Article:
Nearly thirty years after we first saw Jack Nicholson hack his way through the toilet door, 'The Shining' continues to put the frighteners viewers old and new. I've watched this film a couple of times, and even though I now know exactly what's coming and where, it still sends an uneasy chill up my spine. It's downright disturbing, is what it is.
This timeless horror stars Nicholson as a struggling novelist who, along with his wife Wendy (Shelley Duvall) and their son Danny (Danny Lloyd), takes a job as winter caretaker in an apparently empty hotel. The fact that's it's the scene of a previous grisly murder and built on an Indian burial ground should set alarm bells ringing, but it seems there's only one person willing to point out how bad an idea the whole thing is. And that's Tony, the gruff-voiced "imaginary" friend who talks through Danny's finger. Suffice to say, they should all have listened to the kid's finger.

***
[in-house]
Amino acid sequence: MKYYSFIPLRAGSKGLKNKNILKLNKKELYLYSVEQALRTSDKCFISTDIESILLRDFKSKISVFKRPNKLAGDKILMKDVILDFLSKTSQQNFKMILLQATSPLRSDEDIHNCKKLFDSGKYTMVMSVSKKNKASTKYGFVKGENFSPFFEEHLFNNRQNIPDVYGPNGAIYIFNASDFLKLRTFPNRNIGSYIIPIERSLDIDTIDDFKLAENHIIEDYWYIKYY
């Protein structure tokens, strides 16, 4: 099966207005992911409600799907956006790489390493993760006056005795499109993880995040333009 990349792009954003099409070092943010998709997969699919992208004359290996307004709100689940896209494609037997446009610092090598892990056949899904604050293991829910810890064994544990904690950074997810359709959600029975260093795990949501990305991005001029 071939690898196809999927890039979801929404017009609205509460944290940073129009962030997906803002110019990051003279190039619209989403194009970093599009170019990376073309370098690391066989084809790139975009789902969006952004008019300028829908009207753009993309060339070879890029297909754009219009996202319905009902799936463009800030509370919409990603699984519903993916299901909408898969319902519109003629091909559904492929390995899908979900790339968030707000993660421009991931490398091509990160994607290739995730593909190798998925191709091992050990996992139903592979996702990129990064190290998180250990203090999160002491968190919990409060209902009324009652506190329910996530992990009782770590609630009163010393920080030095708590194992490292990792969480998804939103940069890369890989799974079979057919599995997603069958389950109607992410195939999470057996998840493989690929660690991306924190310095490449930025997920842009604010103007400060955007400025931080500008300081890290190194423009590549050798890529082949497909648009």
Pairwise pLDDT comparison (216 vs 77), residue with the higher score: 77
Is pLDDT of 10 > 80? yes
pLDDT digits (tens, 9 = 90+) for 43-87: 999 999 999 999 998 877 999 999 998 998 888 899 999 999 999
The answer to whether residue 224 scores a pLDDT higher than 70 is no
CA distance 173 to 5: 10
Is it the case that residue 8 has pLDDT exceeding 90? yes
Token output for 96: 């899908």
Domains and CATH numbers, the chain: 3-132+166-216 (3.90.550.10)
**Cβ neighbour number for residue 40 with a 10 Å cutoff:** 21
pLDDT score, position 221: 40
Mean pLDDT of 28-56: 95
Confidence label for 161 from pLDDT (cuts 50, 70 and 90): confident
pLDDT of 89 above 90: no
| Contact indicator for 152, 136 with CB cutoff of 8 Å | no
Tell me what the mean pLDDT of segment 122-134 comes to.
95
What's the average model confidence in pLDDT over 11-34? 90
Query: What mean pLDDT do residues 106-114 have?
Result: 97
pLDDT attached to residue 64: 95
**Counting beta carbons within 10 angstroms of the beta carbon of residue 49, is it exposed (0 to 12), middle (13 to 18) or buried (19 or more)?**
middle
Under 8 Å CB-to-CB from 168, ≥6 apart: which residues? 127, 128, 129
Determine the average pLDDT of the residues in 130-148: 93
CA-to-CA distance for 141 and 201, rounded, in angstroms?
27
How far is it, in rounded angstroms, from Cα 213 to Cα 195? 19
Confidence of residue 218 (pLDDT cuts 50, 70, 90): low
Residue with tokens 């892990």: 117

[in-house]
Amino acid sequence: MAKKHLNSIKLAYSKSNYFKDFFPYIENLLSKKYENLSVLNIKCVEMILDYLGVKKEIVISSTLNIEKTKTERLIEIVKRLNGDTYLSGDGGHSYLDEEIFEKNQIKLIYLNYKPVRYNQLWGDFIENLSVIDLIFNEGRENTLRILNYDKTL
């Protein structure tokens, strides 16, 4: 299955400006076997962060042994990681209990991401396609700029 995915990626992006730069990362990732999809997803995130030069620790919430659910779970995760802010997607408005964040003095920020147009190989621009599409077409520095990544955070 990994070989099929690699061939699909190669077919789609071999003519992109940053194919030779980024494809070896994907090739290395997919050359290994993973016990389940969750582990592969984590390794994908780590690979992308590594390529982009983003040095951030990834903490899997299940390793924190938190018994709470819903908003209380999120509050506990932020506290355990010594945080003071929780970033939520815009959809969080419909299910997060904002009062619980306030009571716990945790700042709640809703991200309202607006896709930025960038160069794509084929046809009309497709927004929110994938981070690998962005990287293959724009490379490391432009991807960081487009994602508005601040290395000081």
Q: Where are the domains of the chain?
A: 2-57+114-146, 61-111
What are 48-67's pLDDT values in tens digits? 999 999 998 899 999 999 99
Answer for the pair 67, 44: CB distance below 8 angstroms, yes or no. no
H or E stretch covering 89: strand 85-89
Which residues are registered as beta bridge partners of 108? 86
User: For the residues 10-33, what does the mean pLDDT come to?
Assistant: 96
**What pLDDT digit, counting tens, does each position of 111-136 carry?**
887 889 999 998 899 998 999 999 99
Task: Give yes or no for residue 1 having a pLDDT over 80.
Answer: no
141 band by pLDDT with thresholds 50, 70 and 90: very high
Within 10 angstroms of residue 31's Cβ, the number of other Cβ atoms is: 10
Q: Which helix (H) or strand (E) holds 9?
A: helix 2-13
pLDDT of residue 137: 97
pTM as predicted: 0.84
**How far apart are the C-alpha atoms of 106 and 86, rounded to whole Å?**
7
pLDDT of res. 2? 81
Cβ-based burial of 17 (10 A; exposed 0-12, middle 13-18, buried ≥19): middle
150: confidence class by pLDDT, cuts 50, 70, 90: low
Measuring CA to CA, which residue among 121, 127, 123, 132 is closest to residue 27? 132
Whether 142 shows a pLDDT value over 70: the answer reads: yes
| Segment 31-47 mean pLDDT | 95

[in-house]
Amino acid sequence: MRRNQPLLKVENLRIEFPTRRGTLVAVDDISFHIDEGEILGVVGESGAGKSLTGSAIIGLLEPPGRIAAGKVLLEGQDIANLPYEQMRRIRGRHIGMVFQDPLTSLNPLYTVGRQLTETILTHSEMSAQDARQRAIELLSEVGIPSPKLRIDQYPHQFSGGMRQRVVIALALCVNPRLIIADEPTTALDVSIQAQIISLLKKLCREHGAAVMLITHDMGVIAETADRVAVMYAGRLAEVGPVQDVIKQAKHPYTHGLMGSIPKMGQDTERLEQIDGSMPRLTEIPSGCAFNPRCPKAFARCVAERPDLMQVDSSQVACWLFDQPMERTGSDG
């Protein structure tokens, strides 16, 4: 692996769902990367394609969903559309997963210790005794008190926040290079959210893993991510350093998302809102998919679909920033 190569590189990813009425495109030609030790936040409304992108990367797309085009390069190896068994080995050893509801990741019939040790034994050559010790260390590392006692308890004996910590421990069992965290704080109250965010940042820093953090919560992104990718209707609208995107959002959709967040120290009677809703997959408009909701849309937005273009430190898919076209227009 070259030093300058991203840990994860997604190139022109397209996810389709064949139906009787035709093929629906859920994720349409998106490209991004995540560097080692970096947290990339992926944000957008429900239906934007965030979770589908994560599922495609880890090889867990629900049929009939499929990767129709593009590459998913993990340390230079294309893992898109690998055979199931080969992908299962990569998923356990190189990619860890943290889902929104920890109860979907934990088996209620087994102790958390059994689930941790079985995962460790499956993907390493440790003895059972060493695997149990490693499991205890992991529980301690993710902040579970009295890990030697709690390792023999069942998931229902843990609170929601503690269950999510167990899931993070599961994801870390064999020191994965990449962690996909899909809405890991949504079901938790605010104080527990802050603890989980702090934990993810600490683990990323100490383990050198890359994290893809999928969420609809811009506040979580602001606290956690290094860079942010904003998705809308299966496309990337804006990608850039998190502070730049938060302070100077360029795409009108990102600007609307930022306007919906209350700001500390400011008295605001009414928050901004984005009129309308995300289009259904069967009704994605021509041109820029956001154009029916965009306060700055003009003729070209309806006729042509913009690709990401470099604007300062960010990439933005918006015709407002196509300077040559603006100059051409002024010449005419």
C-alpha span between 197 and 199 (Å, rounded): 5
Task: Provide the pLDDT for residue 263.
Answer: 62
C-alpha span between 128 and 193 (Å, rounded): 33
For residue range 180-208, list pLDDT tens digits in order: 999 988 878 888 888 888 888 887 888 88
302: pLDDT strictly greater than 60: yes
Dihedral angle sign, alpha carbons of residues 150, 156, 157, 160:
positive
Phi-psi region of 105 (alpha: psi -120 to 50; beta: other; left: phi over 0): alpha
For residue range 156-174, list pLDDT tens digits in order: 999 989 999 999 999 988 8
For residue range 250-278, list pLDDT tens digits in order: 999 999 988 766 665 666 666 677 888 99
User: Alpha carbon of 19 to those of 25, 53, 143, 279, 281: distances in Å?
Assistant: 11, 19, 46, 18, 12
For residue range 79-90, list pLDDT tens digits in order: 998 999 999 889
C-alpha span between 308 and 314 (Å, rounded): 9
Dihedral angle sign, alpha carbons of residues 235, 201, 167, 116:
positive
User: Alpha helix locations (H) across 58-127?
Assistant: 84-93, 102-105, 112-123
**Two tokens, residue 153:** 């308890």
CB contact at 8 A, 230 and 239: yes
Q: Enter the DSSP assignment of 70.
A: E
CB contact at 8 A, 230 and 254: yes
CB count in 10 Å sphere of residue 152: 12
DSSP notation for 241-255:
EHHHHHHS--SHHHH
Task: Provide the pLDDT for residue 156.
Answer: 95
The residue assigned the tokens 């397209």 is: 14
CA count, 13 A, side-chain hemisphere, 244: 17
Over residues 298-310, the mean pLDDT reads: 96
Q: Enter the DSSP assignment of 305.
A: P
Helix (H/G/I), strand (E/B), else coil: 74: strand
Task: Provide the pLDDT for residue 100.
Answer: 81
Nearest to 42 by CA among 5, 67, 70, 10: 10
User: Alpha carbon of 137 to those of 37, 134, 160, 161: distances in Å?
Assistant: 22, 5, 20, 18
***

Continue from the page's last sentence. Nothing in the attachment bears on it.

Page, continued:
Nicholson's display in this is quite simply superb. His gradual descent into outright madness seems slightly unfounded, but there's a strange credibility to his performance that makes such logic seem almost irrelevant.
Director Stanley Kubrick but brings to the story his own brand of visual perfection. Long shots down endless corridors underline the sheer size of the hotel, whilst rapid cuts to an increasing array of ghostly apparitions are unnerving in a way few films have been able to match since.
If Kubrick's intention is to unsettle the viewer, then his film's got its objective down to a tee. The film is riddled with perplexities yet taking your eyes off it is virtually impossible.
One of the horror genre's finest, this isn't a film to watch if you're about to spend the winter alone in a hotel Full of ghosts and axes.